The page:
Posted 09 March 2017 - 12:29 AM

To be clear, my concern and comments are confined to the subwoofer (RB+LFE+10dB summed signal) and the crossover region of the subwoofer and the satellites.

 

Why?  I would regard the bass range to formally start at around 200-250 Hz.  Actual bass instruments and sound effects tend to have harmonics well above there that affect the perception of the overall sound.  Even tactile sensation is affected by higher frequencies, up to 500 Hz in my experience.  If you don't care about the rest of the spectrum, why not just low pass everything at 120 Hz?

 

I was afraid you'd resort to hearing as the arbiter of success after calibration... I have 60-odd discs you're invited to "listen" to and grade the muddiness or the thinness thereof. I've conducted these sorts of casual listening tests myself as well as exploring the directional cognizance claims by many that supposedly correlate to crossover point. I've asked elderly, young, clueless, musicians, producers, male, female, friend and foe. Listeners are generally clueless and so extremely biased (or in serious stages of hearing loss) as to border on the comical (not that there's anything wrong with that <disclaimer for the feelings of the less well-adjusted readers>).

 

Grading the quality of bass on discs is not my focus.  My focus is to optimize the tonal balance of my playback system to maximize enjoyment of those discs.  This requires matching the tonal characteristics of my system to those used in the mastering studio or the mix room, if no mastering was done.

 

Even though I talk of a "bass" boost, the transition point of this shelf falls in the range of 100-500 Hz.  For what it's worth, the effect of changing this transition point on the response in the sub range is actually very minor.  Changes below 100 Hz are actually very minor.  My choice for bass boost transition point and gain for any particular content is guided more by the subjective balance of lower mids with higher harmonics.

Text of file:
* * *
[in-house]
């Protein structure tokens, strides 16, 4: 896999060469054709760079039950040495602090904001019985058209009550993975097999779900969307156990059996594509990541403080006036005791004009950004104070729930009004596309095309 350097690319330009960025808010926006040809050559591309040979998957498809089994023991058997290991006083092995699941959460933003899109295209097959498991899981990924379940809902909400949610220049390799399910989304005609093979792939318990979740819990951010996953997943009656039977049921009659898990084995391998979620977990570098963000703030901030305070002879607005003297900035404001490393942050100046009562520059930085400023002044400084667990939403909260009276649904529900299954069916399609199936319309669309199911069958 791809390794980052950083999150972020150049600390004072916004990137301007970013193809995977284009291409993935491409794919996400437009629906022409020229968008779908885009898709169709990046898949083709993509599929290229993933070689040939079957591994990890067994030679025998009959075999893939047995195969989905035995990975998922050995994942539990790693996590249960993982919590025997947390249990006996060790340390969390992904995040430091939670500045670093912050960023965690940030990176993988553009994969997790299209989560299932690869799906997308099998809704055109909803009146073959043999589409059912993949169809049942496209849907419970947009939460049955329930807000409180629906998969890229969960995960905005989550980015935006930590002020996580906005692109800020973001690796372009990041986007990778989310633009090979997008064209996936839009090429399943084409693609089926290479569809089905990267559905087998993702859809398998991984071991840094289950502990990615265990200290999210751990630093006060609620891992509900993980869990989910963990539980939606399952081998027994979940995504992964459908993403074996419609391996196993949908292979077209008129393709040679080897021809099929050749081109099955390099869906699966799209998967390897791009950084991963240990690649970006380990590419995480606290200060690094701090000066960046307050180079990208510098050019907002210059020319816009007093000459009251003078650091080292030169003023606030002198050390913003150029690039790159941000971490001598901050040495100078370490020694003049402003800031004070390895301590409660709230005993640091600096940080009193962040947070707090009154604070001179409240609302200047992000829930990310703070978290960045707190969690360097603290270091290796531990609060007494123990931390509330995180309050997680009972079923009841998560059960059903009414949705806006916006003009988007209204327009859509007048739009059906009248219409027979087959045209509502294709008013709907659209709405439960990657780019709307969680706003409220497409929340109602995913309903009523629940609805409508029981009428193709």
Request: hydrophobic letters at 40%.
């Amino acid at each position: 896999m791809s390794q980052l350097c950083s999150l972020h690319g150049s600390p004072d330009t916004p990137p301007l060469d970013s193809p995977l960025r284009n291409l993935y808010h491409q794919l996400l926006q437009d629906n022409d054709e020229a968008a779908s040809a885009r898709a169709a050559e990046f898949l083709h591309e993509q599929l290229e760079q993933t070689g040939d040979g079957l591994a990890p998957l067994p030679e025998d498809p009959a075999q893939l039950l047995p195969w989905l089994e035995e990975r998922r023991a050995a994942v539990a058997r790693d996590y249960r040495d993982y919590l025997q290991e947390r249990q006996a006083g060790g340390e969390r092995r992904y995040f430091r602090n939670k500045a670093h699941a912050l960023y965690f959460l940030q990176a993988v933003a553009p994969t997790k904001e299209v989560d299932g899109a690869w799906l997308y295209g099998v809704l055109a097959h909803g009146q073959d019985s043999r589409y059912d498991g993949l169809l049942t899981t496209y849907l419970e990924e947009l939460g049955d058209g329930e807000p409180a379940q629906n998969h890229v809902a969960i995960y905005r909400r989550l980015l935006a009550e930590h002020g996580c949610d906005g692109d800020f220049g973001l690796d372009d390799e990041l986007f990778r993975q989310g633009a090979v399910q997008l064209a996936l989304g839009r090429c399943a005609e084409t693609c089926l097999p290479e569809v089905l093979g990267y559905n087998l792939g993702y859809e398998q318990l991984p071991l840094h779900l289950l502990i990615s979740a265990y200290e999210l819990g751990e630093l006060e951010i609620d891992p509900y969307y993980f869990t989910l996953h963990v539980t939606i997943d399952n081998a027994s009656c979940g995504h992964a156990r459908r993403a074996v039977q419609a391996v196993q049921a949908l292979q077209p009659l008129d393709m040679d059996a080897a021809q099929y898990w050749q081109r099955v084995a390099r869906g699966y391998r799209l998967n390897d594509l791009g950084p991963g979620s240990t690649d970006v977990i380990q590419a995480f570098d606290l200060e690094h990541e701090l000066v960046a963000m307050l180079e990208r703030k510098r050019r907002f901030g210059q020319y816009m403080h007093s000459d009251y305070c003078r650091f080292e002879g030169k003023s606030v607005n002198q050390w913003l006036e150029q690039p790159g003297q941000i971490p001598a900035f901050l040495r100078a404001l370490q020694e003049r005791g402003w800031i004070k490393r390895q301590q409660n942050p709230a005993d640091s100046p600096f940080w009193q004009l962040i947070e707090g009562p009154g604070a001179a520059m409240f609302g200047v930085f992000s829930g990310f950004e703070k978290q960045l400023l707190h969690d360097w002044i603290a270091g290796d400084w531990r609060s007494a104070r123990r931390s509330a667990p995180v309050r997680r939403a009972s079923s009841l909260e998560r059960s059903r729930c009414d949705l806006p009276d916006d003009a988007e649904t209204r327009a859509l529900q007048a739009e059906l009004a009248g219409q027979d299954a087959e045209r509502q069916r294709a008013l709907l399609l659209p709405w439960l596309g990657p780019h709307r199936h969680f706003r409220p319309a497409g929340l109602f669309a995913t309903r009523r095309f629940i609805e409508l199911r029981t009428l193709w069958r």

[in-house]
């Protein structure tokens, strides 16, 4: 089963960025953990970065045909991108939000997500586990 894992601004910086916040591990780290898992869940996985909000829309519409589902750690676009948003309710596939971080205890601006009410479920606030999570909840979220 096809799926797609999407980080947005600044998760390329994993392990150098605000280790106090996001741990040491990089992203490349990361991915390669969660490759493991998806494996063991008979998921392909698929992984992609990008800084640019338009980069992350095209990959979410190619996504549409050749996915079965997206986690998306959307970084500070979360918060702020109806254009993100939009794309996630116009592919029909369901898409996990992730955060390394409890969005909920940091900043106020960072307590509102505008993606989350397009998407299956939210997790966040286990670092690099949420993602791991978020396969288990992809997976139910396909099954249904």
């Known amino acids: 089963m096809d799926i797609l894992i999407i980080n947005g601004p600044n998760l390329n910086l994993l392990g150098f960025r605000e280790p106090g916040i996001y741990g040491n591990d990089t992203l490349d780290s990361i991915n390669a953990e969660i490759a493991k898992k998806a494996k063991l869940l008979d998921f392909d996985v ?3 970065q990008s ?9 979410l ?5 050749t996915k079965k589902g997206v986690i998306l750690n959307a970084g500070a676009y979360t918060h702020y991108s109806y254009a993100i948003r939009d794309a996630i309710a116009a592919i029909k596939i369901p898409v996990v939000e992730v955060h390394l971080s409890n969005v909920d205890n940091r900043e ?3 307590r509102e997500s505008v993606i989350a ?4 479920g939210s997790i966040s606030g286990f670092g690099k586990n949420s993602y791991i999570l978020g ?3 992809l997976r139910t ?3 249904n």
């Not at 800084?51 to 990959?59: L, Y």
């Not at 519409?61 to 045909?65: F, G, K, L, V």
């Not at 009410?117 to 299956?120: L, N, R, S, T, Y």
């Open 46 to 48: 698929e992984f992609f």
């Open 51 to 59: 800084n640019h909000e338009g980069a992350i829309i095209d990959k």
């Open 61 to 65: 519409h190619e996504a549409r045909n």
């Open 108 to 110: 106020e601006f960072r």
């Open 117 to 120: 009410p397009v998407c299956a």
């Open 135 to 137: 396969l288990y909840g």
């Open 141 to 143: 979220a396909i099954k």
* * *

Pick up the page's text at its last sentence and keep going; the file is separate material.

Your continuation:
The transition frequency and gain I use most often with music, kind of my default, is about +3.5 dB @ 120 Hz.  This works with a large variety of music I listen to, particularly a lot of electronic music, much of which was probably mixed on near-field monitors and never even mastered.  Content that is released by major labels is more likely to have been mastered, probably with floor standing speakers that exhibit a somewhat greater boost with a higher transition frequency.

 

If there are vocals in the track, a clear give-away is that the female voices sound thin even though the male voices sound full.  Likewise, the piano may sound tinny with higher notes but not lower notes.  Or maybe the cello sounds good but violin that sounds harsh as it ascends to higher notes.  On the flip side, if I set the transition frequency for the bass boost too high, then I might notice clear and detailed female vocals but muddiness in the male vocals.

 

Hacksaw Ridge is a good example. If your system is sharply rolled off <20 Hz (as yours is), the presentation will be noticeably lacking, and the calibration will be a fruitless exercise. Even if your system is full bandwidth to 1 Hz and flawlessly calibrated, there is no, zero, minus infinity chance you can judge the systems accuracy with your ears without a reference. As I've said far too many times in various forums, applying a steep HPF at 20 Hz is not a trivial tweak to content bandwidth and certainl;y affects playback accuracy and perceptions.

 

Umm, I thought we were talking about listening tests with music?  And anyway, if your goal is to hear what the director or artist intended, you'd best throw away that stuff under 20 Hz.  We both know probably 99% of pro system used for mastering and re-recording mixing roll-off at 20 Hz and above.  Probably 99.9% roll-off at or above 15 Hz, which is where my system actually rolls off, by the way.

 

This is what I suspected is the final answer... frequency response. It is indeed what we hear, irrespective of the particular curve you or anyone else might prefer and regardless of the method used to arrive at it. It remains one of the best tools for calibration.

 

Of the two plots of mine that I had you look at, neither is my frequency response.  One is frequency response magnitude smoothed with 1/3rd octave resolution.  The other is frequency response with 1/3rd octave FDW.  For various reasons, neither of them reveals my extension below 20 Hz.  If you insist on calling one of these "frequency response", then which one?  Which one should be used for calibration?

 

A few of us have discussed and explored windowing in years past. I was once told that I need to use 'X' window for better accuracy of measurement, for whatever 'scientific' reason, which I forget now. Smoothing can take you all the way to anechoic response, as in a close mic with 1/2 octave smoothing (which is always what I've used). Shown below id the no-smoothing vs 1/2 octave smoothing close mic of my subwoofer system:

 

Windowing is a complex subject.  There are many different kinds and sizes of windows that may be used, and of course, frequency-dependent windowing opens up an entire new range of possibilities.  Each of them may be used to explore the data in different ways, to create a multitude of different SPL vs. frequency curves, whose meaning must be interpreted in the context of the windowing and smoothing that is used.